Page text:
Why You Shouldn’t Travel to Antarctica

Discussing expedition cruises and why you shouldn’t travel to Antarctica

Why Antarctica? Why would you want to venture to the Antarctic continent? And should you, taking into consideration the significant Antarctica tourism impact?

I got the same questions over and over again from friends, family, and people that I met along my travels. Why would you want to go to Antarctica? Isn’t it cold, expensive and very, VERY far away? Can you even go to Antarctica as a traveler? 

When I was in university, a few of my professors did their research in Antarctica. In my mind, I too thought Antarctica was a research-only destination for scientists. I hadn’t considered it a travel destination until I saw other travelers sharing their own adventures on travel blogs and vlogs.

When I booked my Antarctica Basecamp Adventure with Oceanwide Expeditions, I wanted to learn about the Antarctic environment, the wildlife, and how climate change and humans have impacted this untouched place. But, in all honesty, like many other travelers who venture to the southern continent, I just wanted to cross it off my bucket list. And that was wrong of me.

Stepping foot on the Antarctic continent showed me just how small I am in this world. It made me more humble about my existence and more appreciative of the world around me. My Antarctic expedition also taught me about the environment, the wildlife, and the Antarctic conservation and preservation.

But, as a science lover and environmentally-conscious person, that brings me to the bigger question – should I have traveled to Antarctica? What impact did I have? And how will my travels influence further tourism and the potential detriment to this pristine continent?

The huge Antarctica tourism impact doesn't go unnoticed

Reasons why people want to travel to Antarctica

Over the past 20-30 years, Antarctica tourism has grown rapidly. The increased media presence, the threat of global warming, the increase in disposable income, and the rise in ecotourism have started turning heads. People are seeking out Antarctica as a travel destination just as they would a Mediterranean cruise or an African safari.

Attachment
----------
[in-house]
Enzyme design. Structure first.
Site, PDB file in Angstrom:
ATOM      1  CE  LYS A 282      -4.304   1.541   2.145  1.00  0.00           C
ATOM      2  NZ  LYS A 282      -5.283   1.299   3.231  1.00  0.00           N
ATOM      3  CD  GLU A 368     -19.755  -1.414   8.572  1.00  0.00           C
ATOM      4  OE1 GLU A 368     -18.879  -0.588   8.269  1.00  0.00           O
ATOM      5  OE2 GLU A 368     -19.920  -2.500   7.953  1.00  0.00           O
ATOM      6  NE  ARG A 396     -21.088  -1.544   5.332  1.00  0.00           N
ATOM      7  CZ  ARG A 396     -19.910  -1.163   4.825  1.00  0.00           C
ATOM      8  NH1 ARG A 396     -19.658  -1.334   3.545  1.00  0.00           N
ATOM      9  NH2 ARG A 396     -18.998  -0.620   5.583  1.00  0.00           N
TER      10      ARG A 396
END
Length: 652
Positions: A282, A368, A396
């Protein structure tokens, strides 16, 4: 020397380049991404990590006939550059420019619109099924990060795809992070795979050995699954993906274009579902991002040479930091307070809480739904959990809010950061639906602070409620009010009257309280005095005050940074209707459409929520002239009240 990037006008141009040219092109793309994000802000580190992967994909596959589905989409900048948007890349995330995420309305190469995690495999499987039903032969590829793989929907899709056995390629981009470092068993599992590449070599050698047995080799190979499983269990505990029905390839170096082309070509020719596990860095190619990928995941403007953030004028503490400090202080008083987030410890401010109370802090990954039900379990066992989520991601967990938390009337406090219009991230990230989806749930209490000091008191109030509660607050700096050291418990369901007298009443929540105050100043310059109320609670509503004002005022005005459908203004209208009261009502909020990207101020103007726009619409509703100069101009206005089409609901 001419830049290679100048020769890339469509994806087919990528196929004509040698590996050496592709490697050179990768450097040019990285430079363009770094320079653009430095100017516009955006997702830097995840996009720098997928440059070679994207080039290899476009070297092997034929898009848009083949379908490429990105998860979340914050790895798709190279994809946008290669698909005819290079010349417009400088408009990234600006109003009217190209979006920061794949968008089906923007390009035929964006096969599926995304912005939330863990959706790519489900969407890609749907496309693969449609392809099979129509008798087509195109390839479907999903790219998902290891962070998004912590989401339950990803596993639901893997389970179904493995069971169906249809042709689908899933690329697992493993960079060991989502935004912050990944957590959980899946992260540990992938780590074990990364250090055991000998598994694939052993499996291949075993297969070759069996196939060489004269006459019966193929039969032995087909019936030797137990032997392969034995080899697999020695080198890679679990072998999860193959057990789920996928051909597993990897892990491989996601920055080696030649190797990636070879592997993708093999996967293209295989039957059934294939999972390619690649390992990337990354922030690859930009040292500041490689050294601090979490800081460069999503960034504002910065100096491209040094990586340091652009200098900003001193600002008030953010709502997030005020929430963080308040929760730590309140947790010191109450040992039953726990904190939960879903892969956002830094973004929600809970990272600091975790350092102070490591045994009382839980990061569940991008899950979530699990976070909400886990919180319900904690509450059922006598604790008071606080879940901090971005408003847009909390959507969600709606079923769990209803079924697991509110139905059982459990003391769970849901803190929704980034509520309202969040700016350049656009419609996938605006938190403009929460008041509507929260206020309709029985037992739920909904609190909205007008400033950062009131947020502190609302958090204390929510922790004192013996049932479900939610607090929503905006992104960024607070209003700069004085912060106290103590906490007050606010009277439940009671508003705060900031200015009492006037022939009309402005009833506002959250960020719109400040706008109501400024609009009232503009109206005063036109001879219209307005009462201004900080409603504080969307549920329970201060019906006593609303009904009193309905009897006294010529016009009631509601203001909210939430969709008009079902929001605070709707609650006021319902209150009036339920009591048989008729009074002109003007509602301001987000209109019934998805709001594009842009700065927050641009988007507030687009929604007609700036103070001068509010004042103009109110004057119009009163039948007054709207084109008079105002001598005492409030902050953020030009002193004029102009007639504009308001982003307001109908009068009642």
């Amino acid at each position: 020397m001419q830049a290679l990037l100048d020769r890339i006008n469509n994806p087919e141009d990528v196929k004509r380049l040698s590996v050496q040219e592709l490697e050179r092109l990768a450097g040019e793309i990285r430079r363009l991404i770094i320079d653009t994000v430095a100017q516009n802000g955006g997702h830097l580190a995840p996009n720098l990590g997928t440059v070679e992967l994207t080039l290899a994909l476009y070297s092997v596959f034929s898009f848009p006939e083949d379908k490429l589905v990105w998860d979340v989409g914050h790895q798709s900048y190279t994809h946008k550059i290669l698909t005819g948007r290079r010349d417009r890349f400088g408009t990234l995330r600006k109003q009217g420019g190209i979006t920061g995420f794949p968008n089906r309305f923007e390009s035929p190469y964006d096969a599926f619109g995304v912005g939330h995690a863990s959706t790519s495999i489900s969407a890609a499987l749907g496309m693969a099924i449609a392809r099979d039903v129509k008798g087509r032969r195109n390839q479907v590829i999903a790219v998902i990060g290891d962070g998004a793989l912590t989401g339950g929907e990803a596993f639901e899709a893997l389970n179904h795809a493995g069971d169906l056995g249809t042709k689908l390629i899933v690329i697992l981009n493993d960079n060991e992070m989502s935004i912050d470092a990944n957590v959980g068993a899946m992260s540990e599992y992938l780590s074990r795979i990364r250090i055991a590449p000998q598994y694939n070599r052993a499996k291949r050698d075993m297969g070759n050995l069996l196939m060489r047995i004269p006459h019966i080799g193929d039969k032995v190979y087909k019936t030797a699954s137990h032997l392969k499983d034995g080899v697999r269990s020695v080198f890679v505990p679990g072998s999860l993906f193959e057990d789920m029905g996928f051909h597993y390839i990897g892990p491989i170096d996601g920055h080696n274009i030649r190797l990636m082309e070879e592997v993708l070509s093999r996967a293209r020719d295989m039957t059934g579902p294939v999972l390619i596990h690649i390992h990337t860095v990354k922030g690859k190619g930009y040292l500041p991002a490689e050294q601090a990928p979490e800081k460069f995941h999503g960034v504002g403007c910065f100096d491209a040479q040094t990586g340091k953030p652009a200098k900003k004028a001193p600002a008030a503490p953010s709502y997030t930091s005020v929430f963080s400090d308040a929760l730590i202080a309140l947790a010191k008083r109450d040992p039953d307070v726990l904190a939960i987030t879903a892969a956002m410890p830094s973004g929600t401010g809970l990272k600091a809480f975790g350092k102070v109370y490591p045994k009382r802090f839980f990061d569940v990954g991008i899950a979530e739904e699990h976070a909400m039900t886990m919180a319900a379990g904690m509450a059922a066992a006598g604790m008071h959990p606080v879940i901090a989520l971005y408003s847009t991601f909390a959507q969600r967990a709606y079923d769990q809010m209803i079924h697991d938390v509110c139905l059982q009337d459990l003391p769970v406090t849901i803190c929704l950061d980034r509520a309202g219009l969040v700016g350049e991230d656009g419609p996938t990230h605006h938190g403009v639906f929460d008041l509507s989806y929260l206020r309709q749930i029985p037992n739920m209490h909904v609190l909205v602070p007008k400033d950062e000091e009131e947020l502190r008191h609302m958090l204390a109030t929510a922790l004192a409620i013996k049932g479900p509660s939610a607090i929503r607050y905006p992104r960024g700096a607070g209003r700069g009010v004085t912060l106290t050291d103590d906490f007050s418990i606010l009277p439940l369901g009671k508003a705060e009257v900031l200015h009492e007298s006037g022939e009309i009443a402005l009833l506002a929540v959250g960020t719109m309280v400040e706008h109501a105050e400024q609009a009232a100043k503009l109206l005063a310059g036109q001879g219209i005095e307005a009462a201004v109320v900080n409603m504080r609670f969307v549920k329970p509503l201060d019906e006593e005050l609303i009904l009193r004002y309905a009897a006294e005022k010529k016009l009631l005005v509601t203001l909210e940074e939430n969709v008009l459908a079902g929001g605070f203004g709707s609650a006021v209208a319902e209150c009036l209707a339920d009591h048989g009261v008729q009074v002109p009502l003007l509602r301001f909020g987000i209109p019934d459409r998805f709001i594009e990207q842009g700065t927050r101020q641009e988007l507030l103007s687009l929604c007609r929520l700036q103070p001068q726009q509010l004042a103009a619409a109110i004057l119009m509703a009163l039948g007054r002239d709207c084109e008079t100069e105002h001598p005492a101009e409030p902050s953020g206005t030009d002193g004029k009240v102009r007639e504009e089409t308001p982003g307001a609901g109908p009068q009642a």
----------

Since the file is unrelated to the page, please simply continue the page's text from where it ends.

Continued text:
The Media

In today’s day and age, the media is one of the most influential sources of information. And we breathe it all in as if it were air. We are constantly consuming and absorbing new information, learning about places, and watching events take place in real-time from halfway across the globe.

The media’s exposure of Antarctica through productions, such as BCC’s Frozen Planet, Anthony Powell’s Antarctica: A Year on Ice documentary, March of the Penguins, and more recently Disney Natures’ Penguins, have only increased Antarctica tourism.

Videographers, photographers, and journalists are capturing the natural beauty and magnificence of the Antarctic continent. Through their work, they are sharing everything from the wildlife to the unpredictability of Antarctic storms to the unbelievable silence of nature that can be found nowhere else.

Antarctica has not seen so much publicity since the explorers were fighting for the fame of conquest to reach the continent and the South Pole. And people are flocking to the southern continent to experience it for themselves.

Global Warming & Climate Change

The threat of global warming has impacted tourism in a way we have not seen before.

As the world population grows, millions of people every year are seeking every opportunity to travel and travel more. They want to explore regions of the planet before they all change or become inaccessible. And this includes travel to Antarctica.

Climate change has also impacted ice growth and recession on the Antarctic continent. This change has opened up previously inaccessible routes and passages. Landing sites that used to be covered with snow are now open because it is so much warmer than in previous years. The ice is not reforming or remaining in certain areas and tour operators are taking advantage of them. 

More access to the continent has encouraged an increase in exposure and promotion for Antarctica cruises and expeditions. And thus, more people are seeking out the once on a lifetime experience.

Disposable Income

With the rise of more disposable incomes and the drive to explore places that are not the normal travel destination, more and more travelers are looking to places like Antarctica for their next adventure.